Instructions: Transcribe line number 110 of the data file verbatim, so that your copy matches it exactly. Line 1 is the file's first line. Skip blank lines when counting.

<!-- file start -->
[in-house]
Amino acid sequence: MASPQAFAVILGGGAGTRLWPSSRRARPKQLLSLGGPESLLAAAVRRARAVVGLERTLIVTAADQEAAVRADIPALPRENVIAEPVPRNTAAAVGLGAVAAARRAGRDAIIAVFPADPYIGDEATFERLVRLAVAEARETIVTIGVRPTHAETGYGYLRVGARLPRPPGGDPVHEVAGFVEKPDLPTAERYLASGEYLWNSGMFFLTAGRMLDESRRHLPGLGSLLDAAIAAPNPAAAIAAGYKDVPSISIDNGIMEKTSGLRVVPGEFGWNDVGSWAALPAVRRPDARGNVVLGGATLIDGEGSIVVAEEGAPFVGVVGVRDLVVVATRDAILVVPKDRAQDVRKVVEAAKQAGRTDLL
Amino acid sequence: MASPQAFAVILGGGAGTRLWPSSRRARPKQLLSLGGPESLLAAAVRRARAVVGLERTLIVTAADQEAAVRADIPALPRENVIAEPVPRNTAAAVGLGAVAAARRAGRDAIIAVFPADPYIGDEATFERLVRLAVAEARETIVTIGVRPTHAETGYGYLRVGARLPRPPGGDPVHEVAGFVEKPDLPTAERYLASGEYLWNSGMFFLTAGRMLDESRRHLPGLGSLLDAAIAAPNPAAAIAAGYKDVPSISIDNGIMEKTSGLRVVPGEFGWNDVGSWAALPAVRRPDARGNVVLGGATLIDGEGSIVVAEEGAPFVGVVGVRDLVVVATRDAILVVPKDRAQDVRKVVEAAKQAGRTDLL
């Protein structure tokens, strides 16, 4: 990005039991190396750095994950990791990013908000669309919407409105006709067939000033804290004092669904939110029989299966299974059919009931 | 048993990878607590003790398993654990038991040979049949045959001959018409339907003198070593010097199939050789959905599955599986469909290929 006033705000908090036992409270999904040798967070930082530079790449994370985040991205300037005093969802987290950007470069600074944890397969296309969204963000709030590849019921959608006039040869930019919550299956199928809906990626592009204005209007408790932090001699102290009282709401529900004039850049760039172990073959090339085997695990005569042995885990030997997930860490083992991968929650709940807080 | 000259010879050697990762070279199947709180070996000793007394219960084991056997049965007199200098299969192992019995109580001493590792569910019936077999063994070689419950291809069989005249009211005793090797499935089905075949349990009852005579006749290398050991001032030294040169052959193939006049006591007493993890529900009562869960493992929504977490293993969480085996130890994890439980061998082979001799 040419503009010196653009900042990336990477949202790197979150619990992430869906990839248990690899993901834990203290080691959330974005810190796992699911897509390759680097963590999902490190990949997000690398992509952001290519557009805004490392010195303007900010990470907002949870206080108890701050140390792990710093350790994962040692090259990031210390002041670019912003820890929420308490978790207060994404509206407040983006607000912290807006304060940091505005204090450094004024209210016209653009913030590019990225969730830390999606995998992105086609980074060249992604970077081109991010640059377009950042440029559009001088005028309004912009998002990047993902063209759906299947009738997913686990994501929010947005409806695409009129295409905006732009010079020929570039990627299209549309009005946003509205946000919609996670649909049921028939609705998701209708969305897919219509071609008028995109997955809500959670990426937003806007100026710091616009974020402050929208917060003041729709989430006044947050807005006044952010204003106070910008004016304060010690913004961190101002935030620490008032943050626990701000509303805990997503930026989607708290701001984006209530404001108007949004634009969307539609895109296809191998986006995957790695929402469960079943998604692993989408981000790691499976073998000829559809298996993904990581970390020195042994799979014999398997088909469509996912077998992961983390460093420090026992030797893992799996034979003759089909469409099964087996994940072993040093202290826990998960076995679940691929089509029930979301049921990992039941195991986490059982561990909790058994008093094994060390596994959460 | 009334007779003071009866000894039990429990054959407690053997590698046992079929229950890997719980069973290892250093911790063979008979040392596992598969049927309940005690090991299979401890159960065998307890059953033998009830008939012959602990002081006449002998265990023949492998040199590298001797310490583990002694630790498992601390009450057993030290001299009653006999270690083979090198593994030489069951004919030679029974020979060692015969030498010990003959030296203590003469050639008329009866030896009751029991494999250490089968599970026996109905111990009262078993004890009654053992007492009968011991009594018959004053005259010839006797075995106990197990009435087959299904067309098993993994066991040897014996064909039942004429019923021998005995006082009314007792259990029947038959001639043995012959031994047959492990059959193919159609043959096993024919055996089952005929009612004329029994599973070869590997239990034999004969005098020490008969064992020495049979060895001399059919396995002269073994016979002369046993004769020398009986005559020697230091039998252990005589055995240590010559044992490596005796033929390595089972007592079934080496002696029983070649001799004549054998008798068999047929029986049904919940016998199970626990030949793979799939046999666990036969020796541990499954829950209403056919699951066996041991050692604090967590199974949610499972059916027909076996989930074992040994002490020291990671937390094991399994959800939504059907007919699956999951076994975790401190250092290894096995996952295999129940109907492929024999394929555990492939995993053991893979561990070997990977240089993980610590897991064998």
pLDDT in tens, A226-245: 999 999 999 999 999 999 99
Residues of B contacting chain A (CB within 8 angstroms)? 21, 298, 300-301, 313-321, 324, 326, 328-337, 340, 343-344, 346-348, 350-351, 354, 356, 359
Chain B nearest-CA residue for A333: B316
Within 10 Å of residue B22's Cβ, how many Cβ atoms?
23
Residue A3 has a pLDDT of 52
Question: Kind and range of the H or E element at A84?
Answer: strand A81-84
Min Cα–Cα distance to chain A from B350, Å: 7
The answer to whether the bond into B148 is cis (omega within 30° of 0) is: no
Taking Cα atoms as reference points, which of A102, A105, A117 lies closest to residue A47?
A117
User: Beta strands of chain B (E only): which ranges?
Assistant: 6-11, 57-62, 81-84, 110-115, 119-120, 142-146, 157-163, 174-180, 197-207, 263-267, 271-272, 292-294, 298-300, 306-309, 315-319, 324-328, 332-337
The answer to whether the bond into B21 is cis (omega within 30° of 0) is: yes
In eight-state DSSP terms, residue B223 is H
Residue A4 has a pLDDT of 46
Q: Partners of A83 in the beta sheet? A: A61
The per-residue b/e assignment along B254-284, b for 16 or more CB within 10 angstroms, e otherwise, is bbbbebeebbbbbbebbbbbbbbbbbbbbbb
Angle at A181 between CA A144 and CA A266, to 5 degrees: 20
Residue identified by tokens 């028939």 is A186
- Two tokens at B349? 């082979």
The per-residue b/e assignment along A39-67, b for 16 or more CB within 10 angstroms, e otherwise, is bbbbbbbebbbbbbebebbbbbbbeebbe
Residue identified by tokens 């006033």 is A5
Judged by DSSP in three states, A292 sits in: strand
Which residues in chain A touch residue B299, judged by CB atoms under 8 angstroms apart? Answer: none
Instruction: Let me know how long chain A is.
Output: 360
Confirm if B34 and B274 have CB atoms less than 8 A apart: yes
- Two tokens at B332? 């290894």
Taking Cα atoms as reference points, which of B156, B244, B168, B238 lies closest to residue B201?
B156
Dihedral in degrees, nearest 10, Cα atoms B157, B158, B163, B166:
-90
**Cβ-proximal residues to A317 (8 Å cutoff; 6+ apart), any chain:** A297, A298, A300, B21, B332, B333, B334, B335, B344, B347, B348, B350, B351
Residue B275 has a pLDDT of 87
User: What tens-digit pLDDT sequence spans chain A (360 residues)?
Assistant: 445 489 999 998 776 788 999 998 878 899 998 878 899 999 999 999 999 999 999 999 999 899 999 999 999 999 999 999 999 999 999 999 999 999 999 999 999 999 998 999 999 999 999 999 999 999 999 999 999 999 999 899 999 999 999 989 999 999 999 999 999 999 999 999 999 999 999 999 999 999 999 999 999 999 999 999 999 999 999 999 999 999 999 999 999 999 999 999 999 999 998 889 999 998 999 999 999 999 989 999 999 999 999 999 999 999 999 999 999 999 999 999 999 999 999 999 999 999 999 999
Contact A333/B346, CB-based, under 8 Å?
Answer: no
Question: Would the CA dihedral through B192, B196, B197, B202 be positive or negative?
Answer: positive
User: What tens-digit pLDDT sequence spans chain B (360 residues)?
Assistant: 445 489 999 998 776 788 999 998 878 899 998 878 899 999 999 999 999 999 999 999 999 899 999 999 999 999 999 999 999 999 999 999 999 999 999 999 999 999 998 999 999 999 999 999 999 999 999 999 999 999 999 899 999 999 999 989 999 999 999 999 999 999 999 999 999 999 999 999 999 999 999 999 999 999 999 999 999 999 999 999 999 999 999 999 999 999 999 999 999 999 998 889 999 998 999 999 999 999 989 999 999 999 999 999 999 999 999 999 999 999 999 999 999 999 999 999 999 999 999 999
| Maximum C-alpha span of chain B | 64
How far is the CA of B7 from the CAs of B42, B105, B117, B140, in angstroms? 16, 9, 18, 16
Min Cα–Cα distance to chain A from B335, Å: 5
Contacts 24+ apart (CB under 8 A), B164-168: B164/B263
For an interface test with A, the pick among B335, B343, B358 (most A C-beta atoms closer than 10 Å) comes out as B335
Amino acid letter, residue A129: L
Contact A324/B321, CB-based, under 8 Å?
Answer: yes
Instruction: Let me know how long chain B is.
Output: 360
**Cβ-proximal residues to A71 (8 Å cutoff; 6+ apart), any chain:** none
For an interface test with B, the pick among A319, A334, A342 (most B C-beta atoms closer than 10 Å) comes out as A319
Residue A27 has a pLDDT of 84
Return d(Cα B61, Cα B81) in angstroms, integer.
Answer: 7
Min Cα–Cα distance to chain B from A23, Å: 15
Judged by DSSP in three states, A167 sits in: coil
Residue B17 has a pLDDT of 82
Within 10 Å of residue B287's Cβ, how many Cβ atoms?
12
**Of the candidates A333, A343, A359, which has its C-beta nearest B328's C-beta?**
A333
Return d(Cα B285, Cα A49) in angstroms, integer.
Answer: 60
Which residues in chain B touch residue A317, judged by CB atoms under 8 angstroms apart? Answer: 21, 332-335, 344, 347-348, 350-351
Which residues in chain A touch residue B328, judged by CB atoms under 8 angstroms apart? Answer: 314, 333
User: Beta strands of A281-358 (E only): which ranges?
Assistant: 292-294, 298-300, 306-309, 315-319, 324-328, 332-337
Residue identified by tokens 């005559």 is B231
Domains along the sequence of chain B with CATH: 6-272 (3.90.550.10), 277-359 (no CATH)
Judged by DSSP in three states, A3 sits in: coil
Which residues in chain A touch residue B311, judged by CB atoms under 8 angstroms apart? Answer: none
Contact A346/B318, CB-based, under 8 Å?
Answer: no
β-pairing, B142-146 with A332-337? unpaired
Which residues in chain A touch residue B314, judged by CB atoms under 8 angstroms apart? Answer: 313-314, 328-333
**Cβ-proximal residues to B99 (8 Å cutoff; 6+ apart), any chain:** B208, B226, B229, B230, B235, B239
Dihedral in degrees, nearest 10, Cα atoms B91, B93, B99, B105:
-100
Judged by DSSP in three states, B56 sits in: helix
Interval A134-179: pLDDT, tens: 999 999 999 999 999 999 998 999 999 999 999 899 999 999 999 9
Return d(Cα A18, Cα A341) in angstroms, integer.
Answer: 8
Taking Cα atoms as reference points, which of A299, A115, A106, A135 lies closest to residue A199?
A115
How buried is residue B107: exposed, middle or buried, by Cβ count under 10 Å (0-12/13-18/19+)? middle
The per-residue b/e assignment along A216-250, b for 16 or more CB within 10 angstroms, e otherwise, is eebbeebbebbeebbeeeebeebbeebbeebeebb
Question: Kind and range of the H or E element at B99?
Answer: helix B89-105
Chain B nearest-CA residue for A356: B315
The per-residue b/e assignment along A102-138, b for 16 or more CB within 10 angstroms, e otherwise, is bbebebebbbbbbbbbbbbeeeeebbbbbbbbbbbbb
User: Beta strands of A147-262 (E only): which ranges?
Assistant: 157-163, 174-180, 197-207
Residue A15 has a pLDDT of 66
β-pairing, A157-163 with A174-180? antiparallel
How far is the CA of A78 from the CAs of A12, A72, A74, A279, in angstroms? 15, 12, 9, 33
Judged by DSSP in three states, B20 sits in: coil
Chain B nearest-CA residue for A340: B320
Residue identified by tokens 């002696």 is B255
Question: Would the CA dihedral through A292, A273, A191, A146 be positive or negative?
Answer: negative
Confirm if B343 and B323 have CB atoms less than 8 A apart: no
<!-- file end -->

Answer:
Confirm if B343 and B323 have CB atoms less than 8 A apart: no